Clemens Lanthoniensis.' Clement's work is said to have been completed by William of Nottingham [q. v.], but William's treatise was apparently a separate work. 'The 'tertia pars seriei collectæ quatuor Evangeliorum' is extant in the Bodleian (MS. E. 7; Barnard), and extracts 'ex Clemente super Evangelia' are extant in Cambr. Univ. Libr. MS. Mm. ii. 18. Distinct from the 'Concordia' was Clement's 'Commentary on the Four Gospels,' extant at St. Mary's College, Winchester, in the cathedral library at Hereford, at Trinity College, Dublin, and among Bishop's More's manuscripts at Norwich (Bernard, ii. 1340, 1610, 8245, 8246, 9260); this consists mainly of extracts from the fathers.
Of Clement's other works his 'Commentarius in Acta Apostolorum' is extant in Brit. Mus. Royal MS. 3 A. x., his 'Commentarius in VII Epistolas Canonicas' is Lambeth MS. 239; and Bodleian MS. E. 5 contains his 'Explanatio super alas cherubin et seraphin' and 'Liber Psalmorum cum glossa dementis Lantoniensis.' Other works not known to be extant are ascribed to him by Bale and Pits.
[Historia Lanthoniensis in Cotton MS. Julius D. x; Bernard's Cat. MSS. Angliæ, i. 2312, 2333, 2553, 3650, 5105, ii. 1340, 1610, 8245, 8246, 9260, iii. 327; Coxe's Cat. MSS. in Coll. Aulisque Oxon.; Cat. MSS. in Univ. Libr. Cambr.; Cat. Royal MSS. Brit. Mus.; Todd's Cat. Lambeth MSS.; Hardy's Descr. Cat. ii. 424; Wharton's Anglia Sacra, ii. 322; Dugdale's Monasticon, ii. 66; Tanner's Bibliotheca; Giraldus Cambrensis (Rolls Ser.), vi. 39; Wright's Biogr. Brit. Lit. ii. 265–8; Chevalier's Repertoire; Arnold's Select English Works of Wyclif, Introd. p. v.]
CLERK, Sir GEORGE RUSSELL (1800–1889), Indian civilian, born at Worting House in Hampshire, was the eldest son of John Clerk of Worting House, by his wife, the daughter and coheiress of Carew Mildmay of Shawford House, Hampshire. He was educated at Haileybury College, and entered the service of the East India Company as a writer on 30 April 1817. On 20 Aug. 1819 he became assistant to the magistrate of the suburbs of Calcutta, and in 1820 assistant in the office of the superintendent of stamps. On 30 June he was transferred to Nuddea as assistant to the magistrate, judge, and registrar, and on 13 Nov. he became first assistant to the secretary to the government in secret and political departments. On 28 Nov. 1821 he was nominated second assistant to the resident in Rajputana. On 13 March 1824 he visited England on leave, returning in 1827, and on 17 Aug. was appointed first assistant to the resident at Delhi. On 28 June 1831 he was made political agent at Ambala, and then became in succession British envoy at Lahore, where he played a distinguished part, and on 11 Nov. 1846 governor of Bombay. He resigned the last office early in 1848, and, returning to England, was created K.C.B. on 27 April 1848. He declined the governorship of the Cape of Good Hope, but in 1853 undertook the duties of a commissioner for settling the boundary of the colony and arranging for the establishment of independence in the Orange Free State, and in 1854 handed over the government of the Orange Free State to a convention of Boers. In 1856 he was nominated permanent undersecretary to the India board, on the reconstruction of the India administration, in 1857 he became secretary of the India board, and in 1858 permanent under-secretary of state for India to Lord Stanley and Sir Charles Wood (afterwards first Viscount Halifax) [q. v.] On 23 April 1860 he was a second time nominated governor of Bombay, but he resigned in April 1862 in consequence of ill-health. He was succeeded by his warm friend Sir Henry Bartle Edward Frere [q. v.], and on 14 Dec. 1863 was appointed a member of the Indian council. On the establishment of the order of the Star of India on 25 June 1861 he was made a knight, and on its extension on 24 May 1866 he was nominated G.C.S.I. He died in London on 25 July 1889 at his residence, 33 Elm Park Gardens. He married Mary (d. 26 Nov. 1878), widow of Colonel Stewart.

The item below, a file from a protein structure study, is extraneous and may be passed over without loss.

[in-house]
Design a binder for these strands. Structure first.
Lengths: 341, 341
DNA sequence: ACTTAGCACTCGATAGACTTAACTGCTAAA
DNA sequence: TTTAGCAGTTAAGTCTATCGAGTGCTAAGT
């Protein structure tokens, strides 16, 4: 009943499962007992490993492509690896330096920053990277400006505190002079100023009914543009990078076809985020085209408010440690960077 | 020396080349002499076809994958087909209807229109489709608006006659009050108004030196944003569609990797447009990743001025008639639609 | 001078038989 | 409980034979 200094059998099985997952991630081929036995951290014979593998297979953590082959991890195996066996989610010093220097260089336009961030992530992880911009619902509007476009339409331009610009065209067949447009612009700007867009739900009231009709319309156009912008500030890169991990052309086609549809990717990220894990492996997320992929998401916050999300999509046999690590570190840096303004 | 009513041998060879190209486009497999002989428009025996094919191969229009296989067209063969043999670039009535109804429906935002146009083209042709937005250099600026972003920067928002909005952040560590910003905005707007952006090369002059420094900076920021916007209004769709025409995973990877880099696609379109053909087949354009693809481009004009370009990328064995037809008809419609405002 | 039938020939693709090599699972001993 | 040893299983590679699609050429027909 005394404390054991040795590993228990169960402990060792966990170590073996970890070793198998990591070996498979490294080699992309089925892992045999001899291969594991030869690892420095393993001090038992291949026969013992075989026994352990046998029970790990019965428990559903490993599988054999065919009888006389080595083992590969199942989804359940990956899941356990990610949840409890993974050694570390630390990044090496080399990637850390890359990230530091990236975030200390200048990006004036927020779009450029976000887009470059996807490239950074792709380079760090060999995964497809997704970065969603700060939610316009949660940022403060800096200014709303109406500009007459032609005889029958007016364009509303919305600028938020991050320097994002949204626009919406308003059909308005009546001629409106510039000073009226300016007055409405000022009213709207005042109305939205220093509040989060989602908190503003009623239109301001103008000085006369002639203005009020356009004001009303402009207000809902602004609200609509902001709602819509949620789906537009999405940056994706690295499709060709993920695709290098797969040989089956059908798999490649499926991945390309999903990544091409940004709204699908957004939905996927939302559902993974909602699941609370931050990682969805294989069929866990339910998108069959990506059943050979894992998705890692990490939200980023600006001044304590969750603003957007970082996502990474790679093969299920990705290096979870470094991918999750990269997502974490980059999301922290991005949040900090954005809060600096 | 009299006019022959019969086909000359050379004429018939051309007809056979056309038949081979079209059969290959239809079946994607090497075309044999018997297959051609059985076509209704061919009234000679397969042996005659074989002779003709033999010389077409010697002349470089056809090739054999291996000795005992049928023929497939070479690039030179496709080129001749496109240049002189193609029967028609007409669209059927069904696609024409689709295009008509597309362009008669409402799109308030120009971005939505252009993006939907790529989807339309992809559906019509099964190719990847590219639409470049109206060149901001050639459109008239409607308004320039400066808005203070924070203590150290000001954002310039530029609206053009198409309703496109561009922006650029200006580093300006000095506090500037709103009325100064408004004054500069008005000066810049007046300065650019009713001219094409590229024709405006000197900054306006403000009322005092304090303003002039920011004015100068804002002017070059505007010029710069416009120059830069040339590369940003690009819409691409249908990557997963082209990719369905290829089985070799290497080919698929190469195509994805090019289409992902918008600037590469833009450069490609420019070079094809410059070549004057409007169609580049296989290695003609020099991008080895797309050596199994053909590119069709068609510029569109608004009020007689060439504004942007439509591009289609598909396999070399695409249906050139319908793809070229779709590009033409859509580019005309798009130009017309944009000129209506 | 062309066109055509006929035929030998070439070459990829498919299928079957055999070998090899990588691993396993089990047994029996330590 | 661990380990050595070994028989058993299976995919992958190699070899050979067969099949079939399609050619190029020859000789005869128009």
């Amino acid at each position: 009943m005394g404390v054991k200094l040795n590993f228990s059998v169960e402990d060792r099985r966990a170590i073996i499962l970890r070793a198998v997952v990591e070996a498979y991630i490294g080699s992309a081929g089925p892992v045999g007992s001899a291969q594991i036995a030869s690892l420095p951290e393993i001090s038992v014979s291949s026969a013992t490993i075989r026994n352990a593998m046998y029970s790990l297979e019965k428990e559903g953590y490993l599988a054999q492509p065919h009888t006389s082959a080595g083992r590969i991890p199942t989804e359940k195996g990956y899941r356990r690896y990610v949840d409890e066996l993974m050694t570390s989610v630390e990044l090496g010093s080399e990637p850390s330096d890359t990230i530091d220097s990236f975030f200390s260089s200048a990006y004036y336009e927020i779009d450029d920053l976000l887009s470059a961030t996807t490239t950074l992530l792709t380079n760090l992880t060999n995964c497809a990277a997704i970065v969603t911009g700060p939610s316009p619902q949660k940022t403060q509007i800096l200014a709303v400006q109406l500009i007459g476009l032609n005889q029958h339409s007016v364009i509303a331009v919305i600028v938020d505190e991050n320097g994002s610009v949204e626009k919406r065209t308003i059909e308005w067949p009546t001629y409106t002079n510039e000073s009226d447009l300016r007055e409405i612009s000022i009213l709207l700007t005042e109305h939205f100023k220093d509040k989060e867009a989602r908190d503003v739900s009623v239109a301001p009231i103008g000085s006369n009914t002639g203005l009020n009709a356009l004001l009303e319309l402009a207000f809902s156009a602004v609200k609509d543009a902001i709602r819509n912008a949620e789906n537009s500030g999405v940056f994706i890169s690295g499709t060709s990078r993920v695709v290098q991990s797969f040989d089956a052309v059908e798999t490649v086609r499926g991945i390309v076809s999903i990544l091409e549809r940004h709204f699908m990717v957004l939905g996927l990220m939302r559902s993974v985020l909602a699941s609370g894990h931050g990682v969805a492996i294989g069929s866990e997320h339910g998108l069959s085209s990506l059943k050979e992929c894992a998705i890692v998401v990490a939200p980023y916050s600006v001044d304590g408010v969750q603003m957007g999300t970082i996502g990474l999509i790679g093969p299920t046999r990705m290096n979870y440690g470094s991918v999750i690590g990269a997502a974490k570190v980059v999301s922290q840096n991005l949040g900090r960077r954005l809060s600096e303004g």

[Times, 27 July 1889; Men of the Time, 1887; Dodwell and Miles's Bengal Civil Servants, 1839; Statesman and Friend of India, 4 Feb. 1888; Roberts's Forty-one Years in India, 1897, i. 440; Martineau's Life of Frere, 1895; Noble's South Africa, 1877, pp. 156-62.]
CLOSE, JOHN (1816–1891), 'Poet Close,' born at Gunnerside, Swaledale, on the estate of Lord Wensleydale, in 1816, was the son of Jarvis Close, a butcher, who was well known all over the countryside as a Wesleyan local preacher. Soon after 1830, while still a butcher's lad, Close began issuing little paper tracts of verse of the cheap-jack order 'Sam Dowell,' 'The Little Town Poet,' 'Dr. Caxton and Dr. Silverpen,' 'The Old Farm House,' 'The Satirist,' 'Book of the Chronicles,' 'A Month in London,' 'Adventures of an Author,' and many fly-sheets. In 1846 he established himself as a printer in Kirkby Stephen. He had not a spark of literary talent of any kind, but his assiduity in be-